Locked Re: Frequency shifting on #WSJTX_config #windows11 #Windows10

Martin G0HDB <marting0hdb@...>

On Wed, Apr 27, 2022 at 11:13 PM, goroberts56 wrote:

That was it. I had fake it turned on and when I turned it off it went back to
what I considered normal. I noticed that when I turn it on with my Flex, it
shifts even more. My understanding is that the software will take advantage of
the audio properties of the given radio so this is not a problem but a
feature. Now that I know this, I can sleep at night again. Thanks everybody
for their comments.

The advantage of using the 'split' mode with either 'Rig' or 'Fake It' selected is that the software ensures that the audio signal that's fed to the Tx is maintained within the 'sweet spot' range of 1500 to 2000Hz thus ensuring that any harmonics of the audio are (probably) outside the audio passband of the transmitter.

Here's a worked example:

If you have the Tx cursor on your waterfall positioned within the range 1500 to 2000Hz then the software won't adjust the rig's VFO frequency during transmissions. However...

If you set your Tx cursor to say 1200Hz, ie. outside the 'sweet spot' range, then at the start of a transmission the software will shift the rig's VFO down by 500Hz but will also shift the audio output signal up by 500Hz to 1700Hz, ie. back into the 'sweet spot' range, thus ensuring that the actual RF output frequency is still at the desired 1200Hz above the dial frequency of 14074kHz or whatever.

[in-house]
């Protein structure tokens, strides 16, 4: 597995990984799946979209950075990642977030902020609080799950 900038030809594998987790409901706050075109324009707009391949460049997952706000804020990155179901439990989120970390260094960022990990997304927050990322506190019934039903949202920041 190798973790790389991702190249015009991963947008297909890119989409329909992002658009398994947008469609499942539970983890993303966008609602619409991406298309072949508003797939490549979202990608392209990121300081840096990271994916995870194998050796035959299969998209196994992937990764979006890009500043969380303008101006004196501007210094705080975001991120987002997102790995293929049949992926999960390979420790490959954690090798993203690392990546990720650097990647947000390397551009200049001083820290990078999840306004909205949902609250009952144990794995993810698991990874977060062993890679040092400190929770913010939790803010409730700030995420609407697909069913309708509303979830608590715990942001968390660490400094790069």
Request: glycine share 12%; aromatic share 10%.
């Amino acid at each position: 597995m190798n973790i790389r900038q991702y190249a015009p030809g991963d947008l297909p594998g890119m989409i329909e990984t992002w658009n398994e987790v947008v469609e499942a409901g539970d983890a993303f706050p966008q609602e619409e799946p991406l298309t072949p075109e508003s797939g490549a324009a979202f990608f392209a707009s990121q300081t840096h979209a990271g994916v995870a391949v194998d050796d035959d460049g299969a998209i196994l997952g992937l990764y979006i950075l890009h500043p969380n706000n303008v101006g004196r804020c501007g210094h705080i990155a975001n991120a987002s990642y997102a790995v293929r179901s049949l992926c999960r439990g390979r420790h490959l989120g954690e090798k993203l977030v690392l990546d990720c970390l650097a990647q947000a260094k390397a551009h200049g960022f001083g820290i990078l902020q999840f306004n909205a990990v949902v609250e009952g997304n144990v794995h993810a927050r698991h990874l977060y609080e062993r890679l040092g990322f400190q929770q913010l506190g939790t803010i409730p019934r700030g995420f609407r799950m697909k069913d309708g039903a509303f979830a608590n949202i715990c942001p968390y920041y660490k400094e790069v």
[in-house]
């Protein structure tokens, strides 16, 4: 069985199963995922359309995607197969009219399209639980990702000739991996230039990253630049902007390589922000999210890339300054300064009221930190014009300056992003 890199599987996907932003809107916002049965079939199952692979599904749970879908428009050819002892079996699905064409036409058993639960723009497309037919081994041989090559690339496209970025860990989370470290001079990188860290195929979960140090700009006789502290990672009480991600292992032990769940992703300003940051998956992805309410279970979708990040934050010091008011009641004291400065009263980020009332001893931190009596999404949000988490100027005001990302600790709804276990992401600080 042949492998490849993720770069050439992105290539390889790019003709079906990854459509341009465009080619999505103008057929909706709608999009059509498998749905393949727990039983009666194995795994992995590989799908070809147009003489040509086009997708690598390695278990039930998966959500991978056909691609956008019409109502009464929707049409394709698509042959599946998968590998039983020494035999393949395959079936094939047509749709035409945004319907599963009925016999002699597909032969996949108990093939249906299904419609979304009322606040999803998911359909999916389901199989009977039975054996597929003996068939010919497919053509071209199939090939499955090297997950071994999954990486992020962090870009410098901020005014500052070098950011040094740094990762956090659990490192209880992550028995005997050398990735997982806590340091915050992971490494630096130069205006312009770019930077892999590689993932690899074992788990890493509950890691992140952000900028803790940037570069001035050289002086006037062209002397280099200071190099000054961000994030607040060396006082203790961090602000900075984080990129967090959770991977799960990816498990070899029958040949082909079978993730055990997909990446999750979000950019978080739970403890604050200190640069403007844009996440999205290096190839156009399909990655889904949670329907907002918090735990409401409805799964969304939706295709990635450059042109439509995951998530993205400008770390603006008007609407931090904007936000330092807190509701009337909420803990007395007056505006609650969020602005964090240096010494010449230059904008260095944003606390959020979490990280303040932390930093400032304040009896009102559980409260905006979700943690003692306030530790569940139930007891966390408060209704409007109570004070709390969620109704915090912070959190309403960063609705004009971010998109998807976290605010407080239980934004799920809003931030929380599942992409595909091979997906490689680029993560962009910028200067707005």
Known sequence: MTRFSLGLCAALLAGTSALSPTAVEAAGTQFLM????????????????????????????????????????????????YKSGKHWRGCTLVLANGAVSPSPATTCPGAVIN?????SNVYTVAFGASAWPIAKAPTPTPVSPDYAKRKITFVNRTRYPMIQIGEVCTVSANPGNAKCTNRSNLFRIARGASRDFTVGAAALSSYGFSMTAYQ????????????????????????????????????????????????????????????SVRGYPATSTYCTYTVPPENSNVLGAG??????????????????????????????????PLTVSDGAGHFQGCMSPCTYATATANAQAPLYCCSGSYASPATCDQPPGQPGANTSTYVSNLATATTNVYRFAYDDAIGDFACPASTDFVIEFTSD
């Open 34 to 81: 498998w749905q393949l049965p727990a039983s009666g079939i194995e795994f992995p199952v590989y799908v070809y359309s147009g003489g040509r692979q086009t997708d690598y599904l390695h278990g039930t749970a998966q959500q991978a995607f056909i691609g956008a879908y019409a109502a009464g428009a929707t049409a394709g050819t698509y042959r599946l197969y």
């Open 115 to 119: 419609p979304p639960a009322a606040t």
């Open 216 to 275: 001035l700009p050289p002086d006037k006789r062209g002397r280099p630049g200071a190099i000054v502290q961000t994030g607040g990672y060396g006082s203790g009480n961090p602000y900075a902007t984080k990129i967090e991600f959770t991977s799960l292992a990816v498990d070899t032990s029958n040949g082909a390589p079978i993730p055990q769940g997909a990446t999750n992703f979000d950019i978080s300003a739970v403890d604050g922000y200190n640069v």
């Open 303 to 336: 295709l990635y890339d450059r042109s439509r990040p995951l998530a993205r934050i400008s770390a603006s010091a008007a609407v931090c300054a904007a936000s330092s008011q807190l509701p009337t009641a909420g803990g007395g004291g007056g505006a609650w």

Similarly, if you position your Tx cursor at 2200Hz the VFO will be QSYed up by 500Hz and the audio will be shifted down by 500Hz, ie. back into the 'sweet spot' range, and again the actual RF output frequency will be the desired 2200Hz above the dial frequency.

If you position your Tx cursor even higher or lower on the waterfall then the software will again adjust the rig's VFO frequency up or down, in increments of 500Hz, and will again generate the audio signal within the 'sweet spot' range of 1500 to 2000Hz.

If you don't use one of the split modes, either 'Rig' or 'Fake It', then you run the risk of possibly allowing harmonics of the audio signal to be transmitted because they fall within the passband of the Tx filtering, coupled with the likelihood of audio at or near either the lower or upper corner frequencies of the Tx filtering being heavily attenuated and thus reducing the RF output power level.

IMO it's very much better to use whichever split mode works best for you - I've always used 'Fake It' with the various Icom rigs I've owned over the years.


Martin G0HDB

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